|Publication number||US4788384 A|
|Application number||US 07/134,354|
|Publication date||Nov 29, 1988|
|Filing date||Dec 17, 1987|
|Priority date||Dec 18, 1986|
|Also published as||DE3770438D1, EP0273824A2, EP0273824A3, EP0273824B1|
|Publication number||07134354, 134354, US 4788384 A, US 4788384A, US-A-4788384, US4788384 A, US4788384A|
|Inventors||Roger Bruere-Dawson, Marcel Froissart, Bernard M. Marechal, Marcio N. DeSouza|
|Original Assignee||Centre National De La Recherche Scientifique|
|Export Citation||BiBTeX, EndNote, RefMan|
|Patent Citations (7), Referenced by (102), Classifications (9), Legal Events (5)|
|External Links: USPTO, USPTO Assignment, Espacenet|
The present invention relates to a device for two-dimensional localization of events that generate current on a resistive surface.
More particularly, the invention provides a device of the type comprising electrodes fixed around the resistive surface in order to pick up currents generated by injecting current or electric charge at points on the resistive surface, together with a circuit connected to the electrodes for generating signals based on the picked-up currents and representative of the co-ordinates of said points in a predetermined co-ordinate system.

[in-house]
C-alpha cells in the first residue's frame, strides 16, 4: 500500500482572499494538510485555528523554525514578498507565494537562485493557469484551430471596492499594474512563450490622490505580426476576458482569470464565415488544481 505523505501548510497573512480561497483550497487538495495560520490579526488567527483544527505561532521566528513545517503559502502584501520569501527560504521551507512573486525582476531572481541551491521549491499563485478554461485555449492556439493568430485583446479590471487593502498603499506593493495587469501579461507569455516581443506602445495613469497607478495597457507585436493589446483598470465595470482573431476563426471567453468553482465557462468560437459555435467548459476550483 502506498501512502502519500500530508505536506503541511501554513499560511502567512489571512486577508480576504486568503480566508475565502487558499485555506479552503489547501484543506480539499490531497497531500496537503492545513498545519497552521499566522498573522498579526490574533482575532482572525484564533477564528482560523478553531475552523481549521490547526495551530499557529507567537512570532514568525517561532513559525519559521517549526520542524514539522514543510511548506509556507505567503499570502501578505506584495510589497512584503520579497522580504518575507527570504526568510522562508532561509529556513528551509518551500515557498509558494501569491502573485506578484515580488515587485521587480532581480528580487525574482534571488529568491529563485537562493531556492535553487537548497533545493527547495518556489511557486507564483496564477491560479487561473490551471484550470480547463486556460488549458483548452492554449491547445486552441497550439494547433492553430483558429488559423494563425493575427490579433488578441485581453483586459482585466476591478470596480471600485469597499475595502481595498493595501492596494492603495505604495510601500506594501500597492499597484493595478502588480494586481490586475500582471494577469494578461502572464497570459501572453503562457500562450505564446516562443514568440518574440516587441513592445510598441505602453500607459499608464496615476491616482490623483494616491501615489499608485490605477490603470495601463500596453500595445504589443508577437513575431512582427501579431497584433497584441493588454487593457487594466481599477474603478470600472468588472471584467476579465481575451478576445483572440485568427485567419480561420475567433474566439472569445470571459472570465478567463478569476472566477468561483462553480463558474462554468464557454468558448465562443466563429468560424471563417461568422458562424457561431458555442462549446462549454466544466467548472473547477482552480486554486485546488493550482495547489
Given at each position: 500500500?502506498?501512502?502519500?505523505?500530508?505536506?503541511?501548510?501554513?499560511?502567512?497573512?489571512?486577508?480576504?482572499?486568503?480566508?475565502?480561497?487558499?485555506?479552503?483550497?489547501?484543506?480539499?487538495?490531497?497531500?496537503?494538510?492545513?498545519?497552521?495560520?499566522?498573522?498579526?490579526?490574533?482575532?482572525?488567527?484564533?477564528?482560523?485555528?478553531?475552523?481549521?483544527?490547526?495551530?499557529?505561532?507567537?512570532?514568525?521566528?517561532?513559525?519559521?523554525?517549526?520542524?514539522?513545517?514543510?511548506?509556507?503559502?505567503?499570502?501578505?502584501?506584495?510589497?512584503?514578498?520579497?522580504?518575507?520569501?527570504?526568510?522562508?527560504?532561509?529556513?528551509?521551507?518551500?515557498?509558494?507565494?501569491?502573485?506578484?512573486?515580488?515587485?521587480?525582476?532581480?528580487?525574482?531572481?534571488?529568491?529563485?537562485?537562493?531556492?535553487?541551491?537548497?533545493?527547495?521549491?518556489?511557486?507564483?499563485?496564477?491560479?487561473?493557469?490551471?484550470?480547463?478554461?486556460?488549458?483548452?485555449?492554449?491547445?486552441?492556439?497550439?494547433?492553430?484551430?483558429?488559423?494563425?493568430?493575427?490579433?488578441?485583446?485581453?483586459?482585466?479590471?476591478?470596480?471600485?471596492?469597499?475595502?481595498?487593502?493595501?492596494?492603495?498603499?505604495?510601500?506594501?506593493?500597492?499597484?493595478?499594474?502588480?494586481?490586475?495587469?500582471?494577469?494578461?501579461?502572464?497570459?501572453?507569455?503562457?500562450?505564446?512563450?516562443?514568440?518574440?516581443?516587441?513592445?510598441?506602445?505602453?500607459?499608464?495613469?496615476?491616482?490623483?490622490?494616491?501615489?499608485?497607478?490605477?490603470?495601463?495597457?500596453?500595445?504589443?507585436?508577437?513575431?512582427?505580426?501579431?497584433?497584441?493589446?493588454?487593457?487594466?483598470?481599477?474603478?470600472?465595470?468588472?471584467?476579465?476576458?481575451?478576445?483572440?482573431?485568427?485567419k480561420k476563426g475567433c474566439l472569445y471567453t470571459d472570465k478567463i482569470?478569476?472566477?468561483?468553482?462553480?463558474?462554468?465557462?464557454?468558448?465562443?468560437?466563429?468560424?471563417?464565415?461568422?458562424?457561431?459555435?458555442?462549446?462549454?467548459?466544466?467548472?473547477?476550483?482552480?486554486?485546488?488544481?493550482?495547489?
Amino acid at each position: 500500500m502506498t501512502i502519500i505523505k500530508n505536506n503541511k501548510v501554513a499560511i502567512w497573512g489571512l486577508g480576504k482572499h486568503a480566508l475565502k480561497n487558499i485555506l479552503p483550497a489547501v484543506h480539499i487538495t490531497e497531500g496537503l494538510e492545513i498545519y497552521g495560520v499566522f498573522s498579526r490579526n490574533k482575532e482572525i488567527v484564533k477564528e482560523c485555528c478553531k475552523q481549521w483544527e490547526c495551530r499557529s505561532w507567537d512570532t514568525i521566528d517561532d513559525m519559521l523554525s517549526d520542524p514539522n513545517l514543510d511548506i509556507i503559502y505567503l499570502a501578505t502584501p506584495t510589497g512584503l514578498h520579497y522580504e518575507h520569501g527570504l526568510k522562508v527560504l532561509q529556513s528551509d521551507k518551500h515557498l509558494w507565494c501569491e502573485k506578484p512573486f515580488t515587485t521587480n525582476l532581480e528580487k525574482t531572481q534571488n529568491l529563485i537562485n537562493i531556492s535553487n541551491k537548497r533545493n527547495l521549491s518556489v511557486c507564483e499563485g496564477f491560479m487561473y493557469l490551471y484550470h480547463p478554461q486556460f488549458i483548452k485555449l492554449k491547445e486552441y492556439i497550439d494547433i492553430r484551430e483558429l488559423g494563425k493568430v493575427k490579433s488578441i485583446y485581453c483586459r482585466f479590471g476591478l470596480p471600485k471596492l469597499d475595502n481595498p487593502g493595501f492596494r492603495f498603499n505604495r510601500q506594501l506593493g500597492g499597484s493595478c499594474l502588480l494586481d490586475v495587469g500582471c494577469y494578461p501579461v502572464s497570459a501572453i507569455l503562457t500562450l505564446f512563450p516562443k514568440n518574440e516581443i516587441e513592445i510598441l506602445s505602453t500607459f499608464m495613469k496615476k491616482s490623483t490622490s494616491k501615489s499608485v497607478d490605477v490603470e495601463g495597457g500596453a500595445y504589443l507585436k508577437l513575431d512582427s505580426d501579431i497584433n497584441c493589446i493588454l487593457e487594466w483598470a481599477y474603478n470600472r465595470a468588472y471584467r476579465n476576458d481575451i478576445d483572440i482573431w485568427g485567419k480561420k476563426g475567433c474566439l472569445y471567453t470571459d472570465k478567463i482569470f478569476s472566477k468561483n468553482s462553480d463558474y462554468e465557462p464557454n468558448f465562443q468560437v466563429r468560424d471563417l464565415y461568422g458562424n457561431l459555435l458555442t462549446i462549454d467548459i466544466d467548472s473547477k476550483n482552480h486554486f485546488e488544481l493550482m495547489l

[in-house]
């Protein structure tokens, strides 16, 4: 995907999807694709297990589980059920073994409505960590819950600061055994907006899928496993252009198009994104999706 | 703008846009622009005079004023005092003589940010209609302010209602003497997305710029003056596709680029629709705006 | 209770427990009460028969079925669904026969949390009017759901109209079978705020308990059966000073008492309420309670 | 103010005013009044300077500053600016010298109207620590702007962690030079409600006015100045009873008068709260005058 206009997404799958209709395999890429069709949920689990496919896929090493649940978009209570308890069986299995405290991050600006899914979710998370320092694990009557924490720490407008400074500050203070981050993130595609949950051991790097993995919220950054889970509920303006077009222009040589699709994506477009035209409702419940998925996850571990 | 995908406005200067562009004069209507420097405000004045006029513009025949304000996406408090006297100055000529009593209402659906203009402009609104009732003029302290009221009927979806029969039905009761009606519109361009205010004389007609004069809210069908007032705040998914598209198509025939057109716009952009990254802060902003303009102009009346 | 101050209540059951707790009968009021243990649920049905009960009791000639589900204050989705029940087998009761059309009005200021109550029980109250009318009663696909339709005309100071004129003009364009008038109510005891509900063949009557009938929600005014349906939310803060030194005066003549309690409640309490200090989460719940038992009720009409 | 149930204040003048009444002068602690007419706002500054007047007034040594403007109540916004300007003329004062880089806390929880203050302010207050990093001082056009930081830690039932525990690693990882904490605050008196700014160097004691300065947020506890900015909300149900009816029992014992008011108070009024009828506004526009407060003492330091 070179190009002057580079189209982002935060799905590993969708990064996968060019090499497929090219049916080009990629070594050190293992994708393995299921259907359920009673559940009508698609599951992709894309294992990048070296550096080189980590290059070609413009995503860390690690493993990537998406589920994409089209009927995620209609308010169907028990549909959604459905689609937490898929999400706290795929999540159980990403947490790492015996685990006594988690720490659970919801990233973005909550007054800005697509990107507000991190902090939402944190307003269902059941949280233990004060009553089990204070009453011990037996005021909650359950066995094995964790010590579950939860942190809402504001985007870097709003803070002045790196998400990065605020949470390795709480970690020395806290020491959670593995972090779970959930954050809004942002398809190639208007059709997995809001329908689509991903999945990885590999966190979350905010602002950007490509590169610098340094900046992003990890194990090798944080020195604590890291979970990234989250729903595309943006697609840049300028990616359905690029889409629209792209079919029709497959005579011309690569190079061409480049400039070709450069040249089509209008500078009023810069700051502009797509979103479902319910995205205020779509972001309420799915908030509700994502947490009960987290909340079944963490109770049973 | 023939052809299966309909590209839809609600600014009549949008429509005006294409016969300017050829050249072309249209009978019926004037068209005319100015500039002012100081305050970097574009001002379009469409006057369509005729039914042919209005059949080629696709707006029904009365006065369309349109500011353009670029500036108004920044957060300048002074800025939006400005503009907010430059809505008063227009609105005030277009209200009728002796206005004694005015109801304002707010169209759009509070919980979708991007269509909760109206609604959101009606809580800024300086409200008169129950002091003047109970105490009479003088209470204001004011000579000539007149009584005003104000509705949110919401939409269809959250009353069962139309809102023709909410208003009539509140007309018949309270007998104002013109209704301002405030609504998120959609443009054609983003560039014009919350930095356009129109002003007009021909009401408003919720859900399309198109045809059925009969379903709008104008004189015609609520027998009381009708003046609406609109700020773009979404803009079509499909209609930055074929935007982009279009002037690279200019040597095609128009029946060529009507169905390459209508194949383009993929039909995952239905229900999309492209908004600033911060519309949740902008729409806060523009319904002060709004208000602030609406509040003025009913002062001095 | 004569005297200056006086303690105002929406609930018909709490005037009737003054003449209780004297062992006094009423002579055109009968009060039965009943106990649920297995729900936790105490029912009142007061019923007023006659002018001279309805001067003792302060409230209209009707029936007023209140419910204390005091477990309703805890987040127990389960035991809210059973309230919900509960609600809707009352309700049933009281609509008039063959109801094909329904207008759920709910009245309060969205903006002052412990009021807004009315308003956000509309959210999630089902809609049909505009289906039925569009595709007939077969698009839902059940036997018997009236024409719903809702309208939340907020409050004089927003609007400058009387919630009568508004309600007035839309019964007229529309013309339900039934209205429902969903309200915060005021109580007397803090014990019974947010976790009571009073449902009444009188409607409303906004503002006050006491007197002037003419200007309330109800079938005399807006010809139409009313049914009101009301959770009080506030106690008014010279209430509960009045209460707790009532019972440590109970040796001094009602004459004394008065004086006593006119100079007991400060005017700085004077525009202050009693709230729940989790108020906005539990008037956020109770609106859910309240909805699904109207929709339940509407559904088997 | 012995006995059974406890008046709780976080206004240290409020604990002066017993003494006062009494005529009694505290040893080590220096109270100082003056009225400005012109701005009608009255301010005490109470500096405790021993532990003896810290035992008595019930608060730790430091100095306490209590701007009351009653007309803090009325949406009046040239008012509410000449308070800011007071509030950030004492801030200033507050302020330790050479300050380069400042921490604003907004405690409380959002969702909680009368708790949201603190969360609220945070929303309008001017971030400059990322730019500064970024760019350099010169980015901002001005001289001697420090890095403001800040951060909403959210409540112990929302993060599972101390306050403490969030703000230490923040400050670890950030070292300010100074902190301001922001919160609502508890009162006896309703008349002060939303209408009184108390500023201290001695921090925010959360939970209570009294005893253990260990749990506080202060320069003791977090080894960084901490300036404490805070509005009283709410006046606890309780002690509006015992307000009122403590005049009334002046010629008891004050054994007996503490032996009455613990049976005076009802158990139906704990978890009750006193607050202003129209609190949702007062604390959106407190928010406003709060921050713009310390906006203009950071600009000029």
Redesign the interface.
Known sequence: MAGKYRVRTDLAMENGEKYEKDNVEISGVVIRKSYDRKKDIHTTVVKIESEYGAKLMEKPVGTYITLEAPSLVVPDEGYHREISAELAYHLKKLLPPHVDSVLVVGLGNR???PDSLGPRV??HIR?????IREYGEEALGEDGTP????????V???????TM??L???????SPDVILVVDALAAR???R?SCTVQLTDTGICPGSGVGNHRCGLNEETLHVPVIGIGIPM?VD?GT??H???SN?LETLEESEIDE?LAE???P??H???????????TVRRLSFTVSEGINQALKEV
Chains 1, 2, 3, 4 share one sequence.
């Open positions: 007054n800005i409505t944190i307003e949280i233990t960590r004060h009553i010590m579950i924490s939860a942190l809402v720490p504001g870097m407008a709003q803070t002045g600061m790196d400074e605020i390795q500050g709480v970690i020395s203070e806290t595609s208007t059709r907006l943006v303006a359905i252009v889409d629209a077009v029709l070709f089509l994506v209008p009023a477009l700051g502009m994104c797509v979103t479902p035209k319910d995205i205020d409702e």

Position detectors for two-dimensional localization of current-generating events, e.g. particle impacts on wires which may optionally be amplified by electromagnetic cascades, or injections of electric charge by contact or by induction, have applications in numerous fields such as astronomy, crystallography, medical nuclear imaging, and computerized graphics devices using digitizer pads or direct pointing on a screen (if the device is transparent).
One of the main difficulties encountered in making localization devices of the above type is obtaining a linear relationship between the generated signals representing the coordinates of the locations of events, and the real values of said co-ordinates, so as to be able to provide an undistorted image of event locations.